Teachers in the central Mexican state of Morelos, on strike since Aug. 13, escalated their tactics on Sept. 22 by blocking access to state government offices in Cuernavaca, the state capital. Gov. Marco Antonio Adame Castillo, of the governing center-right National Action Party (PAN), responded by asking the federal government for 400 anti-riot agents from the Federal Preventive Police (PFP). Some 20,000 Morelos teachers have been trying to force Adame Castillo to cancel the state’s participation in the Alliance for Quality Education (ACE), a national plan supported by Mexican president Felipe Calderón Hinojosa and National Union of Education Workers (SNTE) head Elba Esther Gordillo. The teachers are members of Section 19 of the SNTE.
On Sept. 23, about 6,000 Morelos strikers joined thousands of teachers from other states for a march in the nearby Federal District (DF, Mexico City); the protest was sponsored by the Education Workers Coordinating Committee (CNTE), a rank-and-file caucus in the SNTE. Some 200 teachers from the DF, members of SNTE Section 9, caught the authorities off guard by occupying the headquarters of the federal government’s Public Education Secretariat (SEP); they succeeded in blocking access for eight hours before being removed. On Sept. 24 Morelos teachers blocked four lanes of the Autopista del Sol turnpike and two lanes of the Mexico City-Cuernavaca highway, along with Cuernavaca’s three main avenues: Morelos, Plan de Ayala and Emiliano Zapata. The blockades ended under pressure from motorists.
Also on Sept. 24, the Morelos Democratic Teachers Movement, which represents the strikers, began talks with state and federal officials. But negotiations remained at an impasse as of Sept. 27. The state government claimed 6,000 of the strikers were planning to return to the classroom on Sept. 29, while anger against the strike appeared to be growing among parents.
Teachers have also protested the ACE in other states. Some 13,000 teachers held escalating strikes for a month in Quintana Roo; on Sept. 22 they suspended their strike for 90 days, returning to work in exchange for some concessions from the state government.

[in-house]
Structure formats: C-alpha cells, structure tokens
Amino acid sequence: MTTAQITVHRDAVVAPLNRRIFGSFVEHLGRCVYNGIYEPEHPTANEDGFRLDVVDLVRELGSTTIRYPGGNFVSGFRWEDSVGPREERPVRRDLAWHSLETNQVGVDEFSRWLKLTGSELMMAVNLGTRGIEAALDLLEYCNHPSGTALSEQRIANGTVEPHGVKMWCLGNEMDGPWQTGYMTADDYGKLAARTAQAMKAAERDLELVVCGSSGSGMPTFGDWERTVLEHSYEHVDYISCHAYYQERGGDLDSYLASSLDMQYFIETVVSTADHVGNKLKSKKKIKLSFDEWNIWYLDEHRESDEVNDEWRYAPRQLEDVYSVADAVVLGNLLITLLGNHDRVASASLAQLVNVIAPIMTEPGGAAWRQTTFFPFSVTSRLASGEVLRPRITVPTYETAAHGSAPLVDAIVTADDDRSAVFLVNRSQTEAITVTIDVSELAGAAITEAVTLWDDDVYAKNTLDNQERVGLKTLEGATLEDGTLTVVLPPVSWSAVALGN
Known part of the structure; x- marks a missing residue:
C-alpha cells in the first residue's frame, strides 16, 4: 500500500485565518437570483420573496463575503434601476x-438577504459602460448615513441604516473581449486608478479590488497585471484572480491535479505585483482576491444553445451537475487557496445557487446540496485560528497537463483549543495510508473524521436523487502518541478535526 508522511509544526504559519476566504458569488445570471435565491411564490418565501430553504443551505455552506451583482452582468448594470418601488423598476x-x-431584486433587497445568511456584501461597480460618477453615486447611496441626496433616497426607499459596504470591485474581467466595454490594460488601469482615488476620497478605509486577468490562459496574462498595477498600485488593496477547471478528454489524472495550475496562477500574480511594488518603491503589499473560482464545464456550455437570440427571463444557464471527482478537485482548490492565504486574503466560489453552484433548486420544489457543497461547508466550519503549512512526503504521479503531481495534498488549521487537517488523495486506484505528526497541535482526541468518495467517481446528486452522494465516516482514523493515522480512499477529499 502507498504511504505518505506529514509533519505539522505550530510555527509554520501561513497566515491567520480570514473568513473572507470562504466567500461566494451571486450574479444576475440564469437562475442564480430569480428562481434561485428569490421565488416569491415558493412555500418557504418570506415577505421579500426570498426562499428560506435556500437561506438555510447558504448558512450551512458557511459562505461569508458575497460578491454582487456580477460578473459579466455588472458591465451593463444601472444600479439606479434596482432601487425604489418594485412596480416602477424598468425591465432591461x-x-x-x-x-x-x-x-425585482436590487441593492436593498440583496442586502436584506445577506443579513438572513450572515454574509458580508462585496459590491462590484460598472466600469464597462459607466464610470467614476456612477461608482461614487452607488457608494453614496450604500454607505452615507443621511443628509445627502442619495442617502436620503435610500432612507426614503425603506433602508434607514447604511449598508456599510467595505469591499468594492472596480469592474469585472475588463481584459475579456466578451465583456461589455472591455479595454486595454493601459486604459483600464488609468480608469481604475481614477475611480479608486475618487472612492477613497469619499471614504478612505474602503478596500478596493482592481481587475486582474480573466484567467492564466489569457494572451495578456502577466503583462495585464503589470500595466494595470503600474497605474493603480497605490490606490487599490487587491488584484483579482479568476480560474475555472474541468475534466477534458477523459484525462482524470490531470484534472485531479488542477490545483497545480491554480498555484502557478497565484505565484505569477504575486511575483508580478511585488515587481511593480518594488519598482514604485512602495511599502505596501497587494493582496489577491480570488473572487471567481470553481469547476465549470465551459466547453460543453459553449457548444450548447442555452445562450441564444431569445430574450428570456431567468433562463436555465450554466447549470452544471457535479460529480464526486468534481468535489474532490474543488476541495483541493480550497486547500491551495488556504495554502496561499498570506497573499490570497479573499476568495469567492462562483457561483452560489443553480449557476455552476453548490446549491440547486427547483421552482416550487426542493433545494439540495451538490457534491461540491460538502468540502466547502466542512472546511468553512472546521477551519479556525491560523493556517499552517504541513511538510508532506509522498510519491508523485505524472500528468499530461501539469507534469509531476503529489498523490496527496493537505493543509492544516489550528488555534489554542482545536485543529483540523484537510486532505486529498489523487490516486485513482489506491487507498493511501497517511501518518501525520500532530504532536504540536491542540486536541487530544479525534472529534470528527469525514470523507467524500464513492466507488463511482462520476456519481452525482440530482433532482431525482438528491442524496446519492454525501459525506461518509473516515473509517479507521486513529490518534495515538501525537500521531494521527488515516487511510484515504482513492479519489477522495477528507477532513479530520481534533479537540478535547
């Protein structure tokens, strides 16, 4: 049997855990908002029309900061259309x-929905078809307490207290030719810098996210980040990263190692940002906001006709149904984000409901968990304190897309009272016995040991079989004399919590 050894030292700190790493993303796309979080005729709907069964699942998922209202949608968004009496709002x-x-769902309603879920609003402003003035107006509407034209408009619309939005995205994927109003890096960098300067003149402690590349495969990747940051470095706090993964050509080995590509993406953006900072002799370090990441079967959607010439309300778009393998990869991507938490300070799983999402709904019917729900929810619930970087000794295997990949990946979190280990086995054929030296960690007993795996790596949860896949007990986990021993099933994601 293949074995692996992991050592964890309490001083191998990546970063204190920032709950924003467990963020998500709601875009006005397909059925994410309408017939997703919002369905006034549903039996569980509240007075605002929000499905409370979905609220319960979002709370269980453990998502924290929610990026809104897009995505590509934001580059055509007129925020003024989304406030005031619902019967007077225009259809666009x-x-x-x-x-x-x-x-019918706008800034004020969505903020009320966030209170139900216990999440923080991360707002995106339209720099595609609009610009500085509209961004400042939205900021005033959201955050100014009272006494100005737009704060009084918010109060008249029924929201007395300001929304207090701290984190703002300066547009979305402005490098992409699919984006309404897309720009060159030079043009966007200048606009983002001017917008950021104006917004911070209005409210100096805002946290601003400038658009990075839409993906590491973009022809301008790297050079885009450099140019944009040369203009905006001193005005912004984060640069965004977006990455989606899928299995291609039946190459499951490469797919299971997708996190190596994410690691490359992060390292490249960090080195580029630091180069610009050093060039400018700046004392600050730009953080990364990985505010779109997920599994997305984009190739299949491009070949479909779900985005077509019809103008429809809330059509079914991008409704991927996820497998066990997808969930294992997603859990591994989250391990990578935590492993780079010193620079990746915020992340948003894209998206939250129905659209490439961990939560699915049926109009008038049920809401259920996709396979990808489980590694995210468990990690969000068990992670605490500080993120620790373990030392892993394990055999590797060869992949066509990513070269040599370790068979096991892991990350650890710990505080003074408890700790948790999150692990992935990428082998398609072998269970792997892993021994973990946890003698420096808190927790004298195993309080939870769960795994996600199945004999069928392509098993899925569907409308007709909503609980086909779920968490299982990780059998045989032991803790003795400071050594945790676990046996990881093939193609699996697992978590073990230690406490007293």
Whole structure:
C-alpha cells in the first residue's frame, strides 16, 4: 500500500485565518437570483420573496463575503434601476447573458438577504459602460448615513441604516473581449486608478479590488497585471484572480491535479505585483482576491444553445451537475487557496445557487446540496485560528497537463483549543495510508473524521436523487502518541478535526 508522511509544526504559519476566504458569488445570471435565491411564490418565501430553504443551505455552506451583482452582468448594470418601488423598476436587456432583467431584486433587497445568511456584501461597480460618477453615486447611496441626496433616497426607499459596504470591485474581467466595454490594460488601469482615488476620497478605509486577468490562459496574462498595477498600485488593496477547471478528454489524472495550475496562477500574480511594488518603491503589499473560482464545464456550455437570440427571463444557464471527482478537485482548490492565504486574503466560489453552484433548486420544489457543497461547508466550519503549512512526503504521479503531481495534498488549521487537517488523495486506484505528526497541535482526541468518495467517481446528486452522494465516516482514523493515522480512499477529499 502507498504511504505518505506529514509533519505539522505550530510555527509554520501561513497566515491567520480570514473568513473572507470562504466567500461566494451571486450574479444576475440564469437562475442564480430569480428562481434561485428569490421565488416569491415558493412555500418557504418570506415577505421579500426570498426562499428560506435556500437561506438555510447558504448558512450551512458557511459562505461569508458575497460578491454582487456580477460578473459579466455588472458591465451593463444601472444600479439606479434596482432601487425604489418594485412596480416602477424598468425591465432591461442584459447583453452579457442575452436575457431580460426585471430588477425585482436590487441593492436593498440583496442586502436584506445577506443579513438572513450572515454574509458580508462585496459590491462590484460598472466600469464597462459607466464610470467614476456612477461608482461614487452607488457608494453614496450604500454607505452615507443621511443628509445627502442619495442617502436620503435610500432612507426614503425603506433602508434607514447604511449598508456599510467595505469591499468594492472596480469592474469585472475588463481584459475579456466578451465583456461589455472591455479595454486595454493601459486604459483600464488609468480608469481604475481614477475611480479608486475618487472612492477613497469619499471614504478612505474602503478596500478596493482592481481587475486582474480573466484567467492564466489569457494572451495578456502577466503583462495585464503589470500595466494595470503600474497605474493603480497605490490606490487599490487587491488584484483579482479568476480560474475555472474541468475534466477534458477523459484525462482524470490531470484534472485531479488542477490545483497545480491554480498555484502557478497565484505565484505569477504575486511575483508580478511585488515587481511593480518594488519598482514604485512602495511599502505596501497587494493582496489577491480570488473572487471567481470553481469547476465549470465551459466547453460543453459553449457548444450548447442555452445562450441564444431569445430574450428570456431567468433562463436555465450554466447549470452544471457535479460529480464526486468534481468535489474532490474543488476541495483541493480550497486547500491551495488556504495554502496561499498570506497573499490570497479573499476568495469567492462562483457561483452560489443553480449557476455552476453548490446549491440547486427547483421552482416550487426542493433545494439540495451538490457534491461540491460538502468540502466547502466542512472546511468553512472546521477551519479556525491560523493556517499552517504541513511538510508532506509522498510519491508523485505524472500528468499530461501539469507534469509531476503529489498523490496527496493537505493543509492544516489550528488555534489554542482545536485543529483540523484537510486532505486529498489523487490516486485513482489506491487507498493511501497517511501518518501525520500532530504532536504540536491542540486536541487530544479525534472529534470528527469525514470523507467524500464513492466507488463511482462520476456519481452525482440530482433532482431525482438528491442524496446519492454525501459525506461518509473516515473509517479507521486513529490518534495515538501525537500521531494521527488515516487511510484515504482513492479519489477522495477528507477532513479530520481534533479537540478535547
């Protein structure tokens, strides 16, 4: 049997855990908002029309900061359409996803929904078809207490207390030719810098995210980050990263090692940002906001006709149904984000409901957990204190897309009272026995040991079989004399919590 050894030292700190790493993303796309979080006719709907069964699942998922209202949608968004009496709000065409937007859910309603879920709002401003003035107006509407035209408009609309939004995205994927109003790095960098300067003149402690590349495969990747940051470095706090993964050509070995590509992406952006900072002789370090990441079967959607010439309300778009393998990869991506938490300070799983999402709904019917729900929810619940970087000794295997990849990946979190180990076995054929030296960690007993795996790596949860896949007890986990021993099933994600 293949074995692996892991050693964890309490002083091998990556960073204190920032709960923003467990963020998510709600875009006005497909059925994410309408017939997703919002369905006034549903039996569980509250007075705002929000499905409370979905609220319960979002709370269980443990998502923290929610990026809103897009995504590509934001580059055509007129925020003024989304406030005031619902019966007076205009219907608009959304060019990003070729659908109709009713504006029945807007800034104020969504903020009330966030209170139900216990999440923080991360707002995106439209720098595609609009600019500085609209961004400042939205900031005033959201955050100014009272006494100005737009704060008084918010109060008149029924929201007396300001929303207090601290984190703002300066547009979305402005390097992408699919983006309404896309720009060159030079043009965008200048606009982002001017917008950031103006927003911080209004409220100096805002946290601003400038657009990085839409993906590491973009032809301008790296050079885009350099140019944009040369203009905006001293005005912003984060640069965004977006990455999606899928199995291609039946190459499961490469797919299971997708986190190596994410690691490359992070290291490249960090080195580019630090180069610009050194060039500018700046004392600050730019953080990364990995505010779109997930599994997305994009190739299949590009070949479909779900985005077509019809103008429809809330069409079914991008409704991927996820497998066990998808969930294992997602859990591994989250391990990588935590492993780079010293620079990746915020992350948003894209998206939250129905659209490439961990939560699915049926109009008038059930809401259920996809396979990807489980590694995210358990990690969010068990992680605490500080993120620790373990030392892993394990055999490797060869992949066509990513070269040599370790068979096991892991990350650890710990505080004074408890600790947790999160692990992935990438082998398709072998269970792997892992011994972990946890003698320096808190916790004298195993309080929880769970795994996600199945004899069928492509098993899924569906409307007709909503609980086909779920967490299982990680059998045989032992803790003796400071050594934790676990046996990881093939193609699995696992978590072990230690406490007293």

In Puebla at least 5,000 teachers from SNTE Sections 23 and 51 protested for three hours on Sept. 23, calling the ACE a plan to privatize education. About 3,000 teachers marched in Guanajuato on the same day; their chants included: “She’s not Mickey Mouse, she’s not Topo Gigio [an Italian puppet mouse], she’s that rat Gordillo.” Some 900 teachers and parents marched in Tijuana, Baja California Norte; 500 teachers held a brief strike in Durango; Guerrero teachers walked out of the classroom and blocked state offices in Chilpancingo, the state capital.
Protests continued on Sept. 25 with a march by 15,000 Guerrero teachers and a four-hour occupation of SNTE Section 4’s offices in Campeche by 300 dissident teachers. In Oaxaca, where a strike by SNTE Section 22 set off a popular uprising in 2006, some 70,000 teachers marched, declaring support for the Morelos teachers and rejecting President Calderon’s economic program and any privatization of Mexico’s oil monopoly, Petroleos Mexicanos (PEMEX). (La Jornada, Sept. 23, 24, 25, 27, 28)
From Weekly News Update on the Americas, Oct. 1
See our last posts on Mexico and the labor struggle.